This is the second post this week by Erin about her foster care journey. If you missed the first one, see the previous post for more of Erin’s story!

by Erin Grasham


Before I met my first foster kids, I read all the books and asked all the questions. Still, there were plenty of things about life as a foster mom that nothing could have prepared me for.

  • I didn’t expect to need answers for “They look just like you!”

I have a confession. The chances of my foster child being a minority were fairly high, and I was excited about that. I had imagined the day that someone would say, “Oh how precious! Where are they from?”, so I could respond with a cheeky, “Umm, North Nashville.”

That wasn’t the case with my kids. Instead, I usually heard, “They really take after you, huh?” Initially, I tried to form a fantastic response, but it didn’t take long to settle into “thank you” if it was all I had time for. I have to say, I kind of loved it.

  • I didn’t expect to be cussed out regularly by a two year old.

When my little girl showed up with her bouncy blonde curls, she had me wrapped pretty quickly. I imagined spending lots of time reading and snuggling and putting matching bows on tiny pigtails.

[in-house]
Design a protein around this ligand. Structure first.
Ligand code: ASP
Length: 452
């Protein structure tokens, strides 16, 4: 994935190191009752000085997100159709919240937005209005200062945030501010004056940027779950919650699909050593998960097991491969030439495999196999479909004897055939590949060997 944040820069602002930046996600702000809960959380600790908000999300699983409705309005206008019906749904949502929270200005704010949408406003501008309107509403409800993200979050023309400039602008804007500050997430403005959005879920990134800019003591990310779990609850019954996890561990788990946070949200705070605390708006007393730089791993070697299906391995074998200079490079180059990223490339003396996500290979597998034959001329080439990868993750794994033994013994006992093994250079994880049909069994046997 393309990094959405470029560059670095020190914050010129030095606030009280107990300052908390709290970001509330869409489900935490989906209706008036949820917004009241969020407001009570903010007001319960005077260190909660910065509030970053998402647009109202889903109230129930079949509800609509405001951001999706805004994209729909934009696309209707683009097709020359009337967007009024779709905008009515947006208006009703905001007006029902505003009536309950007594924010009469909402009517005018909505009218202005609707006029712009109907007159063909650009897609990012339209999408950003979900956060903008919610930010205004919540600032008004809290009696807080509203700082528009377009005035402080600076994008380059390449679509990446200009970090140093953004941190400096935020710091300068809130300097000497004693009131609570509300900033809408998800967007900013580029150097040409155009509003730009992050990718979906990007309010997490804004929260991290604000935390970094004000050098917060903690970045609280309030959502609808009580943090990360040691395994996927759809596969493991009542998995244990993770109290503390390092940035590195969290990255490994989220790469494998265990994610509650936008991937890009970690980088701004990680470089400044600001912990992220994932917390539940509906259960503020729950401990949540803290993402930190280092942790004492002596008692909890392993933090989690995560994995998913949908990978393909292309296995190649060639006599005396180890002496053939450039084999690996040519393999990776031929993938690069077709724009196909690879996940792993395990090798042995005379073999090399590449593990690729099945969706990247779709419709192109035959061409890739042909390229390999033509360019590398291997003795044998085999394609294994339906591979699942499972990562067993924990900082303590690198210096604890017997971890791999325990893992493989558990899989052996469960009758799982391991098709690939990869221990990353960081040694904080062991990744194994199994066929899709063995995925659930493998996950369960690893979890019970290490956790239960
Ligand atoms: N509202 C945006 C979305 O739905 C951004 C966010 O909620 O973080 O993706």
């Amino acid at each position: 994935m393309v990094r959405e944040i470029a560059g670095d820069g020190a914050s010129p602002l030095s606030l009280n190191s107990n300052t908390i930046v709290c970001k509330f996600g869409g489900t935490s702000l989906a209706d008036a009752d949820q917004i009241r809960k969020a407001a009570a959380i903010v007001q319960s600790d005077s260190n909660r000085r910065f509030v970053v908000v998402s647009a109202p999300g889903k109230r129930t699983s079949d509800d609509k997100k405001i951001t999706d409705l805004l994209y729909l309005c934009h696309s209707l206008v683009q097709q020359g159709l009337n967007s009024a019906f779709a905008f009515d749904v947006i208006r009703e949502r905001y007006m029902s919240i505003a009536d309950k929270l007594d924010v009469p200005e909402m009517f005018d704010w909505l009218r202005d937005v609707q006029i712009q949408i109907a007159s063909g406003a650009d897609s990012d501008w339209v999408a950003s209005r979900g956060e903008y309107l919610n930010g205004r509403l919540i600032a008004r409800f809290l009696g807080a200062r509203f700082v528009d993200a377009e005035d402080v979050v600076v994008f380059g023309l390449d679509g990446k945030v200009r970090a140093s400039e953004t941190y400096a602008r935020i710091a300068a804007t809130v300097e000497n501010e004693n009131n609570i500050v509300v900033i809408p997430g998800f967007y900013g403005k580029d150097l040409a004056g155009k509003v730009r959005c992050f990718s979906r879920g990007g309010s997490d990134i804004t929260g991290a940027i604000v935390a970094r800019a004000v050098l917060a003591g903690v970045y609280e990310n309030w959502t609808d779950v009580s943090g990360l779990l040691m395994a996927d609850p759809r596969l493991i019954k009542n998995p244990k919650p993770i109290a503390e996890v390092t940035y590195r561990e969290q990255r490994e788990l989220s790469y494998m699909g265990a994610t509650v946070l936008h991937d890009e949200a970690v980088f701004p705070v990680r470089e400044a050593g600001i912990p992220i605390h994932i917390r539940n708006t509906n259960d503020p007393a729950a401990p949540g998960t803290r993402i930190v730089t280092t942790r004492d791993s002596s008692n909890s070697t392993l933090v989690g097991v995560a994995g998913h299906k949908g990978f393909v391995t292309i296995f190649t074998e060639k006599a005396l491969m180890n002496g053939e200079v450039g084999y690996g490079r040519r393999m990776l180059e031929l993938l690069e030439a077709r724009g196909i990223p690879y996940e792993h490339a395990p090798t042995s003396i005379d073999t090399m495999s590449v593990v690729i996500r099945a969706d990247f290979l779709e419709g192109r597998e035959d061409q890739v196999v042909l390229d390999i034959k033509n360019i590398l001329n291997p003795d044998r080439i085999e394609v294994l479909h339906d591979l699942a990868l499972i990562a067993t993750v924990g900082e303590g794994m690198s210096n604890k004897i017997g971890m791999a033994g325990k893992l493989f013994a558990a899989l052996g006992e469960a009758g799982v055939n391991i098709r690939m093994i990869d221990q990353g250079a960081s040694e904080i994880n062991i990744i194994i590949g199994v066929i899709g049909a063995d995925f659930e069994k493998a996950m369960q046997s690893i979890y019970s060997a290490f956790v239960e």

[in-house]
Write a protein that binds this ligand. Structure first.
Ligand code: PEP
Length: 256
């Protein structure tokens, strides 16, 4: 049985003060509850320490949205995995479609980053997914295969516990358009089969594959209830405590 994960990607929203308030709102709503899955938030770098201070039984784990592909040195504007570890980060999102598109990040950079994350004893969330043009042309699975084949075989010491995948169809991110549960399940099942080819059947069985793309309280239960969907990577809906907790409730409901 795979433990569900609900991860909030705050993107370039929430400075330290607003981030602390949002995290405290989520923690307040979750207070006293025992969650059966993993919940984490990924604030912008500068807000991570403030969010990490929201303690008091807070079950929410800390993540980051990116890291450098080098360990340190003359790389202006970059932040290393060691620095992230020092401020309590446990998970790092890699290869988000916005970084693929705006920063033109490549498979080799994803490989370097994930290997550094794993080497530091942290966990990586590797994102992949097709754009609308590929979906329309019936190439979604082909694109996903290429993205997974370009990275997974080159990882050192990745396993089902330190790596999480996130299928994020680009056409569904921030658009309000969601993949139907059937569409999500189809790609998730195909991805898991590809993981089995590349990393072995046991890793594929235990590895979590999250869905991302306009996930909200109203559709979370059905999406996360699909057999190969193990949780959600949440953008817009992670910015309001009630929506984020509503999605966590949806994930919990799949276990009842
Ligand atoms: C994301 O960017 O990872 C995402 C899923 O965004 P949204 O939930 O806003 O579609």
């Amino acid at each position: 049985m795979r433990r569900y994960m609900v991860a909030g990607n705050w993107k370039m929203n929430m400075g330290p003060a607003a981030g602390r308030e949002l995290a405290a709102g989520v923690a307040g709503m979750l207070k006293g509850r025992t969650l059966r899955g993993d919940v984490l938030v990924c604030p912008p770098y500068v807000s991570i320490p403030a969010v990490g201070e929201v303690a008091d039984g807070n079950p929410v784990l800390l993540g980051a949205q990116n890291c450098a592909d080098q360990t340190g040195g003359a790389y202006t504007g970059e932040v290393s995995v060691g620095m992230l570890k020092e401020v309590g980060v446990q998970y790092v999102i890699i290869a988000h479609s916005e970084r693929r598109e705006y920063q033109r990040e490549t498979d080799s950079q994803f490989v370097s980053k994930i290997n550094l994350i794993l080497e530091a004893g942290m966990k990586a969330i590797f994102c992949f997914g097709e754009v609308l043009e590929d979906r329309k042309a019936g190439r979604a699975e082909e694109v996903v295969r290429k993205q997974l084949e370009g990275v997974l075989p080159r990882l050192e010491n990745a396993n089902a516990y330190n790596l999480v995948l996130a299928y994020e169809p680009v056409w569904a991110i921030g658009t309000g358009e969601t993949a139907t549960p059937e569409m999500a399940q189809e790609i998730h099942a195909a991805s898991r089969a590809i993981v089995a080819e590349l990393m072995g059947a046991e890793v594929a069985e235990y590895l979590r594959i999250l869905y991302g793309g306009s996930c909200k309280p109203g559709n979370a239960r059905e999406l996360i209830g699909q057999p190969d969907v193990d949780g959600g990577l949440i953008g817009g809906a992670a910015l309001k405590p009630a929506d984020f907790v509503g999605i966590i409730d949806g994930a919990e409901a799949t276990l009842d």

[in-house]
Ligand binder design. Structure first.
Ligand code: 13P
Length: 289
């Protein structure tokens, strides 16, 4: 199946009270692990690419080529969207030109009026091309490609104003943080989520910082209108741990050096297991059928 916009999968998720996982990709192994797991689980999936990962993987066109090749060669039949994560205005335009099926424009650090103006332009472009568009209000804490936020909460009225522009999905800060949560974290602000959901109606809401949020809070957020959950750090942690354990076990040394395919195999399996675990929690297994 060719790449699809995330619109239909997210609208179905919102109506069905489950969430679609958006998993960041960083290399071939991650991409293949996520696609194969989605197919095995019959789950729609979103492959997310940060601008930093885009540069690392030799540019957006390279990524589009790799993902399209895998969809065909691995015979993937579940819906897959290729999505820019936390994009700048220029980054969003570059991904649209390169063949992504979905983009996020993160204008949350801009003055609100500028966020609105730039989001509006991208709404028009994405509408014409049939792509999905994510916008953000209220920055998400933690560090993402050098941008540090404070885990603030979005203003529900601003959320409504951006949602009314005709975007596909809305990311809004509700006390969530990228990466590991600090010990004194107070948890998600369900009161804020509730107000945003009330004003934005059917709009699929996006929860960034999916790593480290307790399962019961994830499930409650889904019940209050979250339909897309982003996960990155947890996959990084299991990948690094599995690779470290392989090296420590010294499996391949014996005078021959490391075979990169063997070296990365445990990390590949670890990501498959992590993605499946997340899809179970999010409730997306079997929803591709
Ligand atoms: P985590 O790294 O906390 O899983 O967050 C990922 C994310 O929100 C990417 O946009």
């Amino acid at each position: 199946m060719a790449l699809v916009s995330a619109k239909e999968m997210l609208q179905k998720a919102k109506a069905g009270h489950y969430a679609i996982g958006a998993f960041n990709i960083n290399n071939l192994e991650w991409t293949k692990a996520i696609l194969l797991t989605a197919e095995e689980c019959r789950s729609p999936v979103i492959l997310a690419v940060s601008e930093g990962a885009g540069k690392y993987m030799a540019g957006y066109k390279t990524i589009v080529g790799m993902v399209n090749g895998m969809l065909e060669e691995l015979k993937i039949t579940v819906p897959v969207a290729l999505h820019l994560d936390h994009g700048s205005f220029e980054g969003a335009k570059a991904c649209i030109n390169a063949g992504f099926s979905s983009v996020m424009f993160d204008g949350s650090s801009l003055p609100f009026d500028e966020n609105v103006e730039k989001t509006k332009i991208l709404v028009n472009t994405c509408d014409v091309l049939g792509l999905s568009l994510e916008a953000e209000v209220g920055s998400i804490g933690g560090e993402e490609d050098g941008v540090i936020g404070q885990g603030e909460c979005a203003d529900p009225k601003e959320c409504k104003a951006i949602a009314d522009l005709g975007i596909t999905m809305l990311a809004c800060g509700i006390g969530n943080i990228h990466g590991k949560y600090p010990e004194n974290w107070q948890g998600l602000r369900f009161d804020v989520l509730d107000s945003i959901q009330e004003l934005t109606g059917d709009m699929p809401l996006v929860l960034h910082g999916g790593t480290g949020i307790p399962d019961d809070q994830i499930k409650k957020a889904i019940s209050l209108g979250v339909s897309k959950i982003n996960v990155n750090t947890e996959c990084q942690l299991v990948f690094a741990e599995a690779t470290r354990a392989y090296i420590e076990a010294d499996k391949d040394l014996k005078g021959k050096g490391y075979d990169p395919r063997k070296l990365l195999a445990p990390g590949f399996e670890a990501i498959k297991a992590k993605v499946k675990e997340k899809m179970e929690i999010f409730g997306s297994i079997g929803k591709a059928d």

I did not imagine that the first discernible words I would hear from her would be “No b****!” or that I would hear them twenty-seven times a day for a while. I thought I might have noticed them at first, but when her big brother mentioned one day, “That’s what Daddy always said,” I knew I heard her correctly. I also grew patience with a long shelf-life.

  • I didn’t expect to be a hoarder.

I guess you know you’re a foster mom when you hoard beds. I have eight. And three car seats, three boosters, pajamas in every size, and a mini-van. I bought a house three doors down from the day care in our community that accepts the foster care voucher. (Yes, child care is free when foster parents work full-time.) You don’t have to be this obsessed, but sometimes it happens when you’re not looking. 

  • I didn’t expect to need so many sick days.

Kids are always getting sick. If there’s something new going around, you know it, and you’ve got all the pocket-sized sanitizer to prove it.

Imagine nearly everything about your child’s environment suddenly changes: eating habits, schools, clothing, detergent, their whole world. It’s a recipe for disaster. If you’ve been a part of a newly blended family, you can relate.

When my kids first joined me, I got a fever that didn’t break for over a month. My doctor said it’s common for newly combined families. Your immune systems crash and rebuild, and ultimately, you should come out stronger (or so they say).

The moral of the story is this: If you’re going to foster, stock up on lots of sick days or extremely flexible family members.

  • I didn’t expect to need permission to give them haircuts. 

When our immune systems finally decided to act natural, we thought we were in the clear. Then lice happened. Every parent knows that getting on the other side of a lice situation is like parent hazing. But when the hundreds of dollars keep compounding because you can’t trim your son’s thick hair, patience runs thin.